Plugins are used to extend the core functionality of WordPress, allowing you to create almost anything you could possibly require. The Plugin Directory contains thousands of community contributed plugins that you can download, rate, and comment on.
If you’re looking to create your own plugin and want to get it noticed, it’s recommended that you publish and host it in the directory. Here’s a quick guide to take you through the steps of publishing a plugin on a Windows based system. Continue reading “WordPress hosted plugins and Tortoise SVN (Windows)”
After receiving notification of the latest WordPress release I wandered over to the WordPress Blog to see what was included in the latest version (2.5.1).
Aside from what has been described as a “very important security fix” there were over 70 additional bug fixes, most of which I hadn’t come across myself although had heard of some troubles encountered by others.
Unlike my previous upgrade this time I just switched the subversion repository and ran the web based update script, shaving off an additional few minutes and therefore upgrading my install in under two minutes from start to finish!
svn switch http://svn.automattic.com/wordpress/tags/2.5.1/
Luckily everything seems to be working fine and I have faith in the WordPress releases, but if you want to be more cautious you should probably backup your database first.
As Paul’s response to my previous upgrade post mentions, any web scripts can be rolled back using svn.
It is highly recommended that you carry out the upgrade as it is said that the vulnerability to 2.5 will be made public shortly.
There is also to introduction of additional security in the form of secret keys, introducing randomness into the cryptographic functions used for cookies.
Simply obtain a secret key and paste the code into your wp-config.php file along with the other defined variables.
I have just upgraded my WordPress install to the lastest release, luckily with SubVersion the whole process can be achieved with minimum time and effort.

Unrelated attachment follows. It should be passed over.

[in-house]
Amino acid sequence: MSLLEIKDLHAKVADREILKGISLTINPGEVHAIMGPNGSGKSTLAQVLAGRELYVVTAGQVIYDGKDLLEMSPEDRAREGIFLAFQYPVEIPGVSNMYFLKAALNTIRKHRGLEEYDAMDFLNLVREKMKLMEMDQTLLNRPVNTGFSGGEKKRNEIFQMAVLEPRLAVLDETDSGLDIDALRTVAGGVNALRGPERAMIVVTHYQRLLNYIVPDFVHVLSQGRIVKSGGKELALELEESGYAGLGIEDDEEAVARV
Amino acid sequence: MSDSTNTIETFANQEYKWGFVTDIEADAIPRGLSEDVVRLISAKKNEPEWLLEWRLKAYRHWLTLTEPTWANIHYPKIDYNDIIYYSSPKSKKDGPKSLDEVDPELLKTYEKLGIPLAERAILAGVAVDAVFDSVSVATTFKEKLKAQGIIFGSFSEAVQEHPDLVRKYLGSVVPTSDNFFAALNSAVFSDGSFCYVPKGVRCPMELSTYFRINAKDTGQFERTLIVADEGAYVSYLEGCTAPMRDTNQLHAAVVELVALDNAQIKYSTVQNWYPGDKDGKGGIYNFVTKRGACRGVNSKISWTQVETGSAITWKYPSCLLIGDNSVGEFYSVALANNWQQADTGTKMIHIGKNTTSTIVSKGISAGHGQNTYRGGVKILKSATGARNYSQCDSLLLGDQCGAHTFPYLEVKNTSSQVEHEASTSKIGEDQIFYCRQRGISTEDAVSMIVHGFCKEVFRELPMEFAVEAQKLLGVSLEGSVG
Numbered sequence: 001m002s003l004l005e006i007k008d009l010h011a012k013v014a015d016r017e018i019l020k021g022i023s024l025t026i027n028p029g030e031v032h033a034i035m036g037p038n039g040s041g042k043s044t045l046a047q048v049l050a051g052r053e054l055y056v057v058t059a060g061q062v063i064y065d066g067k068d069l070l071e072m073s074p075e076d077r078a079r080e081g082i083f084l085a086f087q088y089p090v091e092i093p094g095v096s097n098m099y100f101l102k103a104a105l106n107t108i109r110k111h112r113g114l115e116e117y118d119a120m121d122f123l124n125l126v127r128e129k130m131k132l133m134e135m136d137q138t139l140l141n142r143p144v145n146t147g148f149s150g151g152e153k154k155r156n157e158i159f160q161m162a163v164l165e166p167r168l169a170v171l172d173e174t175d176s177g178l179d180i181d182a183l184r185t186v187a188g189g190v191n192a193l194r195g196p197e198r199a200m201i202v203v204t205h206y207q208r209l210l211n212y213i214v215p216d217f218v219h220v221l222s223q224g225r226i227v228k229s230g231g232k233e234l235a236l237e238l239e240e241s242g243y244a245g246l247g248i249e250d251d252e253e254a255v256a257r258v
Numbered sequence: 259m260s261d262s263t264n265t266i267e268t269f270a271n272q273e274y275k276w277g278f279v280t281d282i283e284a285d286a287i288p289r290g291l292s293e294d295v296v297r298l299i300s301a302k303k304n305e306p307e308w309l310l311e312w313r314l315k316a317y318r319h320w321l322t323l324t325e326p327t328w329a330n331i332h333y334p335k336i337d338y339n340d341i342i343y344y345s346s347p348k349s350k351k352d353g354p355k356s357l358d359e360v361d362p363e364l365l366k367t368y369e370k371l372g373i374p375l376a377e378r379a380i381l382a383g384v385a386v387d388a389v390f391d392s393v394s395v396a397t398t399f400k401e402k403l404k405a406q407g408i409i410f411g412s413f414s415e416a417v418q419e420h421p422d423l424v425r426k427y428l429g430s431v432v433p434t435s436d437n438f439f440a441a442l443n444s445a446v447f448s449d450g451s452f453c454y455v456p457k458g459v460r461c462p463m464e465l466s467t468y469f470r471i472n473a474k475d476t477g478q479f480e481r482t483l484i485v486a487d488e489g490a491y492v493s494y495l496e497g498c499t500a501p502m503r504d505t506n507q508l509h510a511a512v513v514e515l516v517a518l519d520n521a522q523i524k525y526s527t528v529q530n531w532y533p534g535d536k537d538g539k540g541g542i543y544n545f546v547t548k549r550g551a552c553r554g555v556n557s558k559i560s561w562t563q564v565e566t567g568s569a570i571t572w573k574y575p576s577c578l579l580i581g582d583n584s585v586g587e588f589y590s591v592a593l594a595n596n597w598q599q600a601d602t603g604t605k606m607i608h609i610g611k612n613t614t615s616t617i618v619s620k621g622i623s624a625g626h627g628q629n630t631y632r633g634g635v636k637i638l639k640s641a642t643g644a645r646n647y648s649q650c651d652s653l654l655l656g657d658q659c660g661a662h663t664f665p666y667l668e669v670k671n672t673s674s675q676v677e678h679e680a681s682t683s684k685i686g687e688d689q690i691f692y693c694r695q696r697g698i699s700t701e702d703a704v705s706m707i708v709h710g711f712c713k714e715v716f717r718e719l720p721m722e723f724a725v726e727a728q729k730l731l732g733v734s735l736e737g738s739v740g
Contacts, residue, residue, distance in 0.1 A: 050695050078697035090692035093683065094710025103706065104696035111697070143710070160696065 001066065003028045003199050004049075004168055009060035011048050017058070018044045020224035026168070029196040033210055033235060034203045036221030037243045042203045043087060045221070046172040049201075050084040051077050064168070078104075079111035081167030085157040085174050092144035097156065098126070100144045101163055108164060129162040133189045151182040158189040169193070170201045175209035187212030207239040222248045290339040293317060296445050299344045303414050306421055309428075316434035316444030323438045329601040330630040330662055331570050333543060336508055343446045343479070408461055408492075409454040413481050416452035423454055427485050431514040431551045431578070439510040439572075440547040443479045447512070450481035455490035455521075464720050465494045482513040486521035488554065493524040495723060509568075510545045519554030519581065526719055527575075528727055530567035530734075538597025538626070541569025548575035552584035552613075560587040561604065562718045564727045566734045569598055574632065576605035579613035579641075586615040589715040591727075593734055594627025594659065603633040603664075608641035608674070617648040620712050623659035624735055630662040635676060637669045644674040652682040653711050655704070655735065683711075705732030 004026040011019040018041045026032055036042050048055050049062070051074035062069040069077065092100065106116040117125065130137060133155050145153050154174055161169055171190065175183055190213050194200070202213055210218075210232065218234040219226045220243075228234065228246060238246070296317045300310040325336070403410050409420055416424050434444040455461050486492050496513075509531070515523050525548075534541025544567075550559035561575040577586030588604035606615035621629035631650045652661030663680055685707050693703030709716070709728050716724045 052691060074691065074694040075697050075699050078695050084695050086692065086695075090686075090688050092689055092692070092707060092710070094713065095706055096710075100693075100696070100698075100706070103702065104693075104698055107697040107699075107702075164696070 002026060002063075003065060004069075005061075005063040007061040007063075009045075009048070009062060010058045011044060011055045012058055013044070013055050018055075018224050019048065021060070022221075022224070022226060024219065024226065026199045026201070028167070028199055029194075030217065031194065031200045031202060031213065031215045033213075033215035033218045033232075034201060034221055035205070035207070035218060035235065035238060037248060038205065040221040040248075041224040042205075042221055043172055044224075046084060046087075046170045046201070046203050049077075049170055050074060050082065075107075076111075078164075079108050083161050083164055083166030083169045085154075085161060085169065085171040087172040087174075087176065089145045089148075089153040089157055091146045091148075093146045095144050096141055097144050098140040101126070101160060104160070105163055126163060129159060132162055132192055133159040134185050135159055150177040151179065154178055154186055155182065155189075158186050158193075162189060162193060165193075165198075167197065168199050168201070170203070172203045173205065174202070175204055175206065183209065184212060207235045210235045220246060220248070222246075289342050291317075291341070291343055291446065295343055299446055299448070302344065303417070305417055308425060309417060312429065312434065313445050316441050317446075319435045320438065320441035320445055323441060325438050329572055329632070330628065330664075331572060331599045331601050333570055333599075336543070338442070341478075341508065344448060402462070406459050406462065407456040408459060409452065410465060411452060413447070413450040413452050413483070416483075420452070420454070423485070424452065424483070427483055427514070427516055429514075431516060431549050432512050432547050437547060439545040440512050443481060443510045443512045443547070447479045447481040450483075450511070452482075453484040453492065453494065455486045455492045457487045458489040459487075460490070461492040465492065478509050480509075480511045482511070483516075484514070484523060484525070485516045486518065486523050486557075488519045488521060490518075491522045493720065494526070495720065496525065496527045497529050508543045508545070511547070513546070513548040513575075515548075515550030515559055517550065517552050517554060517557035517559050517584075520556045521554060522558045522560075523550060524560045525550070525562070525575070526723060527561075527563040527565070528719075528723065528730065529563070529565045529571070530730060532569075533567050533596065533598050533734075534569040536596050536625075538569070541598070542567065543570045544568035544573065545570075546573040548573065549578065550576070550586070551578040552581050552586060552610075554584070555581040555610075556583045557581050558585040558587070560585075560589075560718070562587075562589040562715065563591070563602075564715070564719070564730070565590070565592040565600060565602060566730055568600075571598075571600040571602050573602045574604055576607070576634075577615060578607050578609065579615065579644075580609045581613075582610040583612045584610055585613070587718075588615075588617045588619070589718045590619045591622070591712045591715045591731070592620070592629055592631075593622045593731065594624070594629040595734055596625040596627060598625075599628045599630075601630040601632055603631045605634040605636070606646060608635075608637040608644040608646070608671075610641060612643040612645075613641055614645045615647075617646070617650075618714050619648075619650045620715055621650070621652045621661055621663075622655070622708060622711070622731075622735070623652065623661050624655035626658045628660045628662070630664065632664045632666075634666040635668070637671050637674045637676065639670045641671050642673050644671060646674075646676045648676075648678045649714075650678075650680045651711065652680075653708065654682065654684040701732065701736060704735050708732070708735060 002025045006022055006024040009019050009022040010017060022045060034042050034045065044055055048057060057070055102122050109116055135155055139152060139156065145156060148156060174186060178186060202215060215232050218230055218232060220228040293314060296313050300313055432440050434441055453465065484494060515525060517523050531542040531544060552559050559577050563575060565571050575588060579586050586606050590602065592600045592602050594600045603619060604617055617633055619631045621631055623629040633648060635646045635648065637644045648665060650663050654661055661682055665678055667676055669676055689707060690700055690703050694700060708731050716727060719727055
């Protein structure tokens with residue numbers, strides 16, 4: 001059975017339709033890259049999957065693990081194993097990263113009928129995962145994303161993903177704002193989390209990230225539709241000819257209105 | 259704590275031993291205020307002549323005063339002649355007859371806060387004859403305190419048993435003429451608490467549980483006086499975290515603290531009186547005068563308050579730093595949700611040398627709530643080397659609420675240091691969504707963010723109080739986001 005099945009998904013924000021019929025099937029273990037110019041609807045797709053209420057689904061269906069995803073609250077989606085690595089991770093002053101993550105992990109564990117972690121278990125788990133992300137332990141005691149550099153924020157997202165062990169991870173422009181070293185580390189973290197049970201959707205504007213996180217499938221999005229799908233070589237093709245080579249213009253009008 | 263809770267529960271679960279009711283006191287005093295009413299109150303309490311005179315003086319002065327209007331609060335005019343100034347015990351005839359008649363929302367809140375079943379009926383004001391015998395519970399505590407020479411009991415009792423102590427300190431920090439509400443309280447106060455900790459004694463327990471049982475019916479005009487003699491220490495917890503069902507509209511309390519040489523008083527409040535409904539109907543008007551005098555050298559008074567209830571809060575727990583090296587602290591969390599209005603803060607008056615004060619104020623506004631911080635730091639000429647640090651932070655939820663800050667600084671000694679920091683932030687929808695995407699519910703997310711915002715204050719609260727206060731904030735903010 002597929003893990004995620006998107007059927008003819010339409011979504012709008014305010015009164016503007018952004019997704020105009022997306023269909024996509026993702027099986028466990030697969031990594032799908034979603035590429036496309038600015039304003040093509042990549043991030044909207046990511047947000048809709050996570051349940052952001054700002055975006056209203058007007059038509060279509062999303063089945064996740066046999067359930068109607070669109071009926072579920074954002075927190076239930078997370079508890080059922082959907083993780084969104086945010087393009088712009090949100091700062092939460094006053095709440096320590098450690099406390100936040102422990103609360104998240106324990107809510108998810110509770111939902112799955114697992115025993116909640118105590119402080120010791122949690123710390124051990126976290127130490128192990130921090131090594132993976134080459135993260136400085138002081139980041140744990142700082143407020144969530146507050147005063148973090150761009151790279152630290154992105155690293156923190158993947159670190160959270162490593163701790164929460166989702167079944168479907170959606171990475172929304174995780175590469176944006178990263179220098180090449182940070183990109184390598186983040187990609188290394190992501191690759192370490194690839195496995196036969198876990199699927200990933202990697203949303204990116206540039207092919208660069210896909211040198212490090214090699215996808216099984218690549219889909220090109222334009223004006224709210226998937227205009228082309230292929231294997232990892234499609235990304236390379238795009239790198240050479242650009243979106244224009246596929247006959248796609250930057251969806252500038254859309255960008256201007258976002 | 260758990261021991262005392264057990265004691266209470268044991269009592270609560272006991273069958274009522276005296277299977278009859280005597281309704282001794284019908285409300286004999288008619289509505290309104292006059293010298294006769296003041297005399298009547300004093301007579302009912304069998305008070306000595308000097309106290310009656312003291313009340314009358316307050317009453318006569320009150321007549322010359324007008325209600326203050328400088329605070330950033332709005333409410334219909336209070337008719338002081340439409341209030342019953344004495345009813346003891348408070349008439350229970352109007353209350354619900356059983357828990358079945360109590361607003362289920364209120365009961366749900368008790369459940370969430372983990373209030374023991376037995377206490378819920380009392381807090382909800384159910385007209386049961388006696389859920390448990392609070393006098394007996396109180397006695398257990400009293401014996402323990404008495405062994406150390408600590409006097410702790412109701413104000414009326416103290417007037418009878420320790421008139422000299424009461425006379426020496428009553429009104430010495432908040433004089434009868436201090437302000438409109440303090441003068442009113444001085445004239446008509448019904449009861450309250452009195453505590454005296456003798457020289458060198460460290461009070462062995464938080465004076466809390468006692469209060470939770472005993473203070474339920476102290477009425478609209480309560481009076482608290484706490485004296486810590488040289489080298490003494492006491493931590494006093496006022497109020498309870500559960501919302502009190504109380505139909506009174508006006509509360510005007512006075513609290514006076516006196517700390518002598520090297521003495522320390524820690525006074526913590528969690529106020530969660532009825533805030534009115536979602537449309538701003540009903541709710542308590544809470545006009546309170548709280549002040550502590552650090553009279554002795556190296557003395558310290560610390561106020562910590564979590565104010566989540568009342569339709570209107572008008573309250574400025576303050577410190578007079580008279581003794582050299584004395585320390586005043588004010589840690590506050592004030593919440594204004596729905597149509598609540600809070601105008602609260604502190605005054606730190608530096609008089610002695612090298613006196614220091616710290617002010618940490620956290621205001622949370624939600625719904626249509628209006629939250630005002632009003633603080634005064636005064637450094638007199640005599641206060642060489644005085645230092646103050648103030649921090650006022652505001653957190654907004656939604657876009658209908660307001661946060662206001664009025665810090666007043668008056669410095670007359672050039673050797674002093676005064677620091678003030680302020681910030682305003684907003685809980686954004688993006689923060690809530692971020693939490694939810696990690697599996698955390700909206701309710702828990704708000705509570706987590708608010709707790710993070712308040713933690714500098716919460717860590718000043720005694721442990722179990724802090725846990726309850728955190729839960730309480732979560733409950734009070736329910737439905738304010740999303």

Paul went through the upgrade steps on his blog, but thought I would go through them here as I went along.
Unfortunately when I initially installed WordPress I committed it directly to the root directory unlike the more popular location of the subdirectory /blog, but not to worry.
Here are the steps I followed to complete the update:
# Backup the current directory...
cp -Rp http httpBACKUP
# Create a new location for the update...
# Checkout the latest release from the repository...
svn co http://svn.automattic.com/wordpress/tags/2.5/ httpNEW/
# Copy across any custom changes/themes and config file...
cp -Rp http/wp-con* httpNEW/
# Copy over the .htaccess file..
cp -Rp http/.htaccess httpNEW/
# Delete the old directory...
rm -rf http
# Rename/move the update to the original location...
mv httpNEW/ http
# Switch the SubVersion Repository...
svn switch http://svn.automattic.com/wordpress/tags/2.5/
# Finally, run the browser based update script...
And that’s all there is to it really, now every time I need to update WordPress I can simply copy and paste the above commands.
At last I am now an official blogger according to the results from Google.
define: blogger – “The author of a blog”.
Over at Fubra they like to encourage – or nag – all employees to write their own blog and be part of the ever increasing population of online bloggers.
Until now I have been putting off the process of setting up my own blog in the hope that one would just magically appear or allow me to create one with minimum effort.
Thanks to the wonders of Subversion and WordPress I was able to quickly and easily install a blog on my vserver that Fubra have kindly supplied.
It can’t really get much easier than running the following cmd to checkout from the WordPress repository:
svn co http://svn.automattic.com/wordpress/branches/2.3/ .
All that was left was to come up with a quick and simple design to get away from the default template theme.
So there you have it, the kick start to my future in blogging.
Oh, and a quick thank you to my boss Paul for backing me into a corner and pressuring me into this whole blogging malarkey.